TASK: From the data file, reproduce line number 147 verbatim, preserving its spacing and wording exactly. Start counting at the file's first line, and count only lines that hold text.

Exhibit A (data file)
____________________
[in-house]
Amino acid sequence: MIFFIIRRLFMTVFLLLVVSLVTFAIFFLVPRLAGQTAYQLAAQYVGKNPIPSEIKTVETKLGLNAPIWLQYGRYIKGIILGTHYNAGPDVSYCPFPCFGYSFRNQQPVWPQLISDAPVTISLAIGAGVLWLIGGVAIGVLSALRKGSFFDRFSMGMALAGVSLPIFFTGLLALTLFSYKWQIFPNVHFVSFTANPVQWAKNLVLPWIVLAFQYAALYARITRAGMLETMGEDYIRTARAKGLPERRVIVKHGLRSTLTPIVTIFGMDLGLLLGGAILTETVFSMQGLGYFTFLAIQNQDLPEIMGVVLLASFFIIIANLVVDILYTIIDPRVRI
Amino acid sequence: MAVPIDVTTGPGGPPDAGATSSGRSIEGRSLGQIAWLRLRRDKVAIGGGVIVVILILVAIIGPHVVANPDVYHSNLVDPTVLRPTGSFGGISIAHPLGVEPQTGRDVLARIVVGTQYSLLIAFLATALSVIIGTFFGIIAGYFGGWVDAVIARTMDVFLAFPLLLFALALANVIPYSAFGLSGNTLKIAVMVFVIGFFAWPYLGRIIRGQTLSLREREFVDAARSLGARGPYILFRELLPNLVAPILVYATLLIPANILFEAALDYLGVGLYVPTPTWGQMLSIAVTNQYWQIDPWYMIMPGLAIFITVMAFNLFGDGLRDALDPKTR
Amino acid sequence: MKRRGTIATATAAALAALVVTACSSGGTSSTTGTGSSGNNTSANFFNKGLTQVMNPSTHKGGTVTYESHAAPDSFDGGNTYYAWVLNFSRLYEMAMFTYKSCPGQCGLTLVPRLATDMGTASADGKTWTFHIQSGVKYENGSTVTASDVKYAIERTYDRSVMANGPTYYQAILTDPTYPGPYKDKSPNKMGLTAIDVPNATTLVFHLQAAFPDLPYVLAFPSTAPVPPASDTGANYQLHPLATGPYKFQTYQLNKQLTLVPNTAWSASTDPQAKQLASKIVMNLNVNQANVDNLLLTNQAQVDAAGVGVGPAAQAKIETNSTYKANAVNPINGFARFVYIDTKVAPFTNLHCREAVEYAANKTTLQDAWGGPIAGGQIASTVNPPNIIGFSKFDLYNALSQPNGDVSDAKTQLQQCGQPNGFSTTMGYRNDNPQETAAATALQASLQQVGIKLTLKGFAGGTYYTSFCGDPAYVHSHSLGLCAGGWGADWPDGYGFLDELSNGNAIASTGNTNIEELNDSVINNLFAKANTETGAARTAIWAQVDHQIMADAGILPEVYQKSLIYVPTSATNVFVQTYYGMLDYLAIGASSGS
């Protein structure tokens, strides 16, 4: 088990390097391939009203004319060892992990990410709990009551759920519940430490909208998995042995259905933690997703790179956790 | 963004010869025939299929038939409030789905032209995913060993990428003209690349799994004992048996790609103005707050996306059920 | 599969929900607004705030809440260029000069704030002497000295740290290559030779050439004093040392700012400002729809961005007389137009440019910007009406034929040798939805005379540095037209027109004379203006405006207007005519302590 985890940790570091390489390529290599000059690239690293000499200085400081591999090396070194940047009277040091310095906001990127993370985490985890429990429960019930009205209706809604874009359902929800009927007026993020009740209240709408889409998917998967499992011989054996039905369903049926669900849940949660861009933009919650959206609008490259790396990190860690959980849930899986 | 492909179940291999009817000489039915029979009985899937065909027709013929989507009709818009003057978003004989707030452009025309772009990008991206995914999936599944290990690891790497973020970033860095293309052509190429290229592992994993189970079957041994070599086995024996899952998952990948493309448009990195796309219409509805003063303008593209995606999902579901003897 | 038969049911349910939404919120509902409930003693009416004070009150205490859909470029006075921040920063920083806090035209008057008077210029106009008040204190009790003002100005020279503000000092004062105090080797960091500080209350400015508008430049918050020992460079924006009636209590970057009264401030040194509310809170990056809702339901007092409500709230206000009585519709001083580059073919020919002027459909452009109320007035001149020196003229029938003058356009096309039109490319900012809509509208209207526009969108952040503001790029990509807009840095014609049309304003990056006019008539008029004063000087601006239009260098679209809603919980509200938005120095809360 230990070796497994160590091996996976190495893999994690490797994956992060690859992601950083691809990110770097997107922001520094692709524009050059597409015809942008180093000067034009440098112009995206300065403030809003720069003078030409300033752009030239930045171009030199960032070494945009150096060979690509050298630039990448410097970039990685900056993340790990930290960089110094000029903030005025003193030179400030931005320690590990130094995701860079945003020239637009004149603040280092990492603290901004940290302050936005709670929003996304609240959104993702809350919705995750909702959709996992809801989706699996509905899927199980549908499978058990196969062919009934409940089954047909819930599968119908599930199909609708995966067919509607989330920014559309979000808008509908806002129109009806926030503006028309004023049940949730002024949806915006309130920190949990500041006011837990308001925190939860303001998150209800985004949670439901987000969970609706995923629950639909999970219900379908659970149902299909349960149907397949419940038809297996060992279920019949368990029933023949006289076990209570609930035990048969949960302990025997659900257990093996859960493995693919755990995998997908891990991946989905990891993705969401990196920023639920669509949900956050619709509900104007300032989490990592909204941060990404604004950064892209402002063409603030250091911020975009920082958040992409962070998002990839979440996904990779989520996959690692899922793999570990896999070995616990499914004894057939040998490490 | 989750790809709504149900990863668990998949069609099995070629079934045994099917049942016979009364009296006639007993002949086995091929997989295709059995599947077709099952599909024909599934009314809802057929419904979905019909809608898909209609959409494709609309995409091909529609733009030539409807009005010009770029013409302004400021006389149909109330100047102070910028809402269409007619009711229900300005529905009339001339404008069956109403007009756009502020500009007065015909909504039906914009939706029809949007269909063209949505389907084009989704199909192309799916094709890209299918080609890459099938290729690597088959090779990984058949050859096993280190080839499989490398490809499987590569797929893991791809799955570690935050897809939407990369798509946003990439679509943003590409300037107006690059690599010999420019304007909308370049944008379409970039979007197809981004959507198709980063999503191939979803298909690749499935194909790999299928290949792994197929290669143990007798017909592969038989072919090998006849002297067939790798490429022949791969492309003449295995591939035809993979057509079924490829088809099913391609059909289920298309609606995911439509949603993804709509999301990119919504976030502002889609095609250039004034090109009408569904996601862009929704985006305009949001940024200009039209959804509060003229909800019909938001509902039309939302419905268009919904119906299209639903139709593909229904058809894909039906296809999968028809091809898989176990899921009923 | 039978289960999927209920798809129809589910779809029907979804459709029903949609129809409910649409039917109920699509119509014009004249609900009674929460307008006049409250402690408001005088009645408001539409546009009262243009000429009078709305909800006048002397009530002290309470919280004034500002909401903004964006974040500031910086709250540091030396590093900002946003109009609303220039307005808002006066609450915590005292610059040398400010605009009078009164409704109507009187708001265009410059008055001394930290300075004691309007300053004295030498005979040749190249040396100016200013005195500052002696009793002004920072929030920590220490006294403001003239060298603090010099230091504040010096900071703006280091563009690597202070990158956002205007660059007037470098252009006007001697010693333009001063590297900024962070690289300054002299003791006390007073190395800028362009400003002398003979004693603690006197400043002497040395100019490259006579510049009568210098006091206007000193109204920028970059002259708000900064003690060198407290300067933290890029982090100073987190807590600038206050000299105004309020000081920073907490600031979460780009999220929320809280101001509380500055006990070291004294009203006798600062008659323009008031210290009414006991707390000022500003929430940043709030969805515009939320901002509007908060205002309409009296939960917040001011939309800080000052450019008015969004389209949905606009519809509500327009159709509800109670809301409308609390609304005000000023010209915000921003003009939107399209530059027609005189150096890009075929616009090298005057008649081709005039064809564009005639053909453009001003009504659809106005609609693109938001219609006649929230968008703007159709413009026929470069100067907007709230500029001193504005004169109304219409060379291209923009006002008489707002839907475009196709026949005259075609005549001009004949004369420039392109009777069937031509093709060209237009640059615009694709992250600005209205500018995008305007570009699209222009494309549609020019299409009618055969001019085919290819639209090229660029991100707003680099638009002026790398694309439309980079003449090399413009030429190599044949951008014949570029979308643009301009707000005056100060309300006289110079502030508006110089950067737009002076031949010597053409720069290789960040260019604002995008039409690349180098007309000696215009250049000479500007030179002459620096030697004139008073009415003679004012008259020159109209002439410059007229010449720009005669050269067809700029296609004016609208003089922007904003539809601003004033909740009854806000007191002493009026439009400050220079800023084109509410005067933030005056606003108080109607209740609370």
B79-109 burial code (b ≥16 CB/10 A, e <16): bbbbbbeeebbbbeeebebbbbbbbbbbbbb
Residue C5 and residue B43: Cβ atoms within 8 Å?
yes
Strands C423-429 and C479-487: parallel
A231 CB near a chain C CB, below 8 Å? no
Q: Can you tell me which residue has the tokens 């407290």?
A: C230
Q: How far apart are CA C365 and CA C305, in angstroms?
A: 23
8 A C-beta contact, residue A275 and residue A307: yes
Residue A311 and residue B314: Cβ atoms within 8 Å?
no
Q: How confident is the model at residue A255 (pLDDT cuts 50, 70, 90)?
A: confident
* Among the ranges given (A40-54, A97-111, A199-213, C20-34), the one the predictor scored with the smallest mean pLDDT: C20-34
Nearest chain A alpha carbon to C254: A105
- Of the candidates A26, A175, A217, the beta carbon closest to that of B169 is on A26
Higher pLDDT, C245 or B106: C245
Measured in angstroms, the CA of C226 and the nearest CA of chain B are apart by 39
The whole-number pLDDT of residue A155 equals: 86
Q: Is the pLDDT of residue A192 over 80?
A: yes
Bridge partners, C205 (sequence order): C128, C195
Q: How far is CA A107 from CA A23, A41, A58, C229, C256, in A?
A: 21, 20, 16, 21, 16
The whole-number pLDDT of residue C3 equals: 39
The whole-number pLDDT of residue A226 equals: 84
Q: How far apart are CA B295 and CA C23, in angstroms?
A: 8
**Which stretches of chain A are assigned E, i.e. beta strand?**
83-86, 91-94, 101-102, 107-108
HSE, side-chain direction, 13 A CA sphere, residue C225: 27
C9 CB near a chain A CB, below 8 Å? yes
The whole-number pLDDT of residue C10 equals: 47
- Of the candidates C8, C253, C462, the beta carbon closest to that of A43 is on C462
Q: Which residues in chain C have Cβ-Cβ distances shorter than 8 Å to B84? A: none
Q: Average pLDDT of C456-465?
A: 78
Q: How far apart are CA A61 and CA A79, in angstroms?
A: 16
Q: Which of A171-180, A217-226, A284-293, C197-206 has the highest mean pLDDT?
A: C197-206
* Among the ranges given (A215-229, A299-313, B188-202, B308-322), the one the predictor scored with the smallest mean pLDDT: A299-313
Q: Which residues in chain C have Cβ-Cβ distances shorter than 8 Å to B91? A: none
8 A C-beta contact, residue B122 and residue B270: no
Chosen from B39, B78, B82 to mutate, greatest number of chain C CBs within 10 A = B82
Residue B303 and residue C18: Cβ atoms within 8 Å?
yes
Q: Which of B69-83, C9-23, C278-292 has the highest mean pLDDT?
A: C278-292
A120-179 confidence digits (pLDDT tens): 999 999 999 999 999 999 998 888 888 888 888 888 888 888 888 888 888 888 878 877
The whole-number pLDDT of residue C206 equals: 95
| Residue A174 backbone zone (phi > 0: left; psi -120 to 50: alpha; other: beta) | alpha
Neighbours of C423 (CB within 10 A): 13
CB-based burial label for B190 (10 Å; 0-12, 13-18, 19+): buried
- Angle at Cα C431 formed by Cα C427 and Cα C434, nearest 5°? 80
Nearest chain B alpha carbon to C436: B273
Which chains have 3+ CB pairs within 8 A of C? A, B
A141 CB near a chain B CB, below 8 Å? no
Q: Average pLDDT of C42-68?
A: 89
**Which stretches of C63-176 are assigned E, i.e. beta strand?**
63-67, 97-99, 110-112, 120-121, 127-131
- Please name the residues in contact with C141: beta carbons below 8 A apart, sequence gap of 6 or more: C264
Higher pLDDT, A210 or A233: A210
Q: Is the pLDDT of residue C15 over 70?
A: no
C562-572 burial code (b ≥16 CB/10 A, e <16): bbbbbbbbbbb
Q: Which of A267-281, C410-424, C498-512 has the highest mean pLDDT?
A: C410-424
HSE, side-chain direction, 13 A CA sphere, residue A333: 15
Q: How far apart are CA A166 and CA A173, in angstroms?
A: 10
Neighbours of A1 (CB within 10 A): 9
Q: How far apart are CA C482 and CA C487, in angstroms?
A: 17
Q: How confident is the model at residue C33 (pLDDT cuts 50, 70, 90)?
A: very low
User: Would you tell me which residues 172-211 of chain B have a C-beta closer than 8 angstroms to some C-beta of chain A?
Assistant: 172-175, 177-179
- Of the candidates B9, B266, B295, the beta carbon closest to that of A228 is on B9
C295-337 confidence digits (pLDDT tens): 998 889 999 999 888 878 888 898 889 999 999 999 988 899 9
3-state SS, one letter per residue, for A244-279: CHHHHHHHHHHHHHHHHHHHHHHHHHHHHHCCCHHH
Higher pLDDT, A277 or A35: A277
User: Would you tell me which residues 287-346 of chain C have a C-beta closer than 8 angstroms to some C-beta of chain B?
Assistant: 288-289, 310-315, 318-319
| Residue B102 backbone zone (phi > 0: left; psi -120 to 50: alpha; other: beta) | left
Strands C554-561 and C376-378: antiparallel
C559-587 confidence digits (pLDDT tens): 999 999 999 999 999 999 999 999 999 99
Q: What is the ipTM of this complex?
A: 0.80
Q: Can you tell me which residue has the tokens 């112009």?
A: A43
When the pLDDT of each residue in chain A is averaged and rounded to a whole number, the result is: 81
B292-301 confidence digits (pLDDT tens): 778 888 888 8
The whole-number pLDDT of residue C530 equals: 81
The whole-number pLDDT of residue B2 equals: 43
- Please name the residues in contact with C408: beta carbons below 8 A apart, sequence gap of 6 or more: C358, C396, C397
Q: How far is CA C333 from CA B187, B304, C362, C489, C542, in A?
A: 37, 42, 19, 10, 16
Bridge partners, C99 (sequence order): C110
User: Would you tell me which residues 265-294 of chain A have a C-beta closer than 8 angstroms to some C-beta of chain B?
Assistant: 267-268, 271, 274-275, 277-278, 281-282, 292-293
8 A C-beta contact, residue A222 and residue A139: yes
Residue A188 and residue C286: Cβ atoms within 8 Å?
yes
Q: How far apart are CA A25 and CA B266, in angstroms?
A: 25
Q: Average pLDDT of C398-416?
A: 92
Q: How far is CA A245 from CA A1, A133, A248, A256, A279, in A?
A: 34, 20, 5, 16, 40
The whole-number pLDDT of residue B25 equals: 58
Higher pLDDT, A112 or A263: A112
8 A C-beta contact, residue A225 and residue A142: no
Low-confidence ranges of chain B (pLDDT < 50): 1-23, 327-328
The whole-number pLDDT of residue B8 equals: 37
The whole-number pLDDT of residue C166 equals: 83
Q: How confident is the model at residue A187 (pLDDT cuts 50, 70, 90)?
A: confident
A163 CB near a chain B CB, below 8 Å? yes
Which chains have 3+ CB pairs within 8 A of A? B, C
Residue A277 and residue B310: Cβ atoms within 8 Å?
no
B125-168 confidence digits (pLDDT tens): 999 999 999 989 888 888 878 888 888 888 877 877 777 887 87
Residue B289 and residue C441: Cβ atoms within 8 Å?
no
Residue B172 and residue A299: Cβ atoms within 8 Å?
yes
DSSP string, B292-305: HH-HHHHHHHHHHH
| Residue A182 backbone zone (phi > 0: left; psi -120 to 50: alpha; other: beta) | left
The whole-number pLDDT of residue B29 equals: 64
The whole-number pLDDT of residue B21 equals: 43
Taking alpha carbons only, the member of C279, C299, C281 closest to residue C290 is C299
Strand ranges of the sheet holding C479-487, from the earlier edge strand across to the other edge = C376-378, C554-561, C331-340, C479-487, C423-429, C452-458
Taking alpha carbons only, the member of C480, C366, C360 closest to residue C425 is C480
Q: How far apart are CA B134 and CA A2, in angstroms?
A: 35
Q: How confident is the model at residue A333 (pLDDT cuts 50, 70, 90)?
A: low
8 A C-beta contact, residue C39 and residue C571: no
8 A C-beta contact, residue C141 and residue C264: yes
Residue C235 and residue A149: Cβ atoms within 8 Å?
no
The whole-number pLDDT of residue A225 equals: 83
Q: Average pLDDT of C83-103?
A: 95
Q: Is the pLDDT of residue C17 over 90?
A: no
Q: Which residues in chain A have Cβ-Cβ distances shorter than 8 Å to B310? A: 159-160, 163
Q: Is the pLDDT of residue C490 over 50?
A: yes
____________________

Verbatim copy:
8 A C-beta contact, residue C141 and residue C264: yes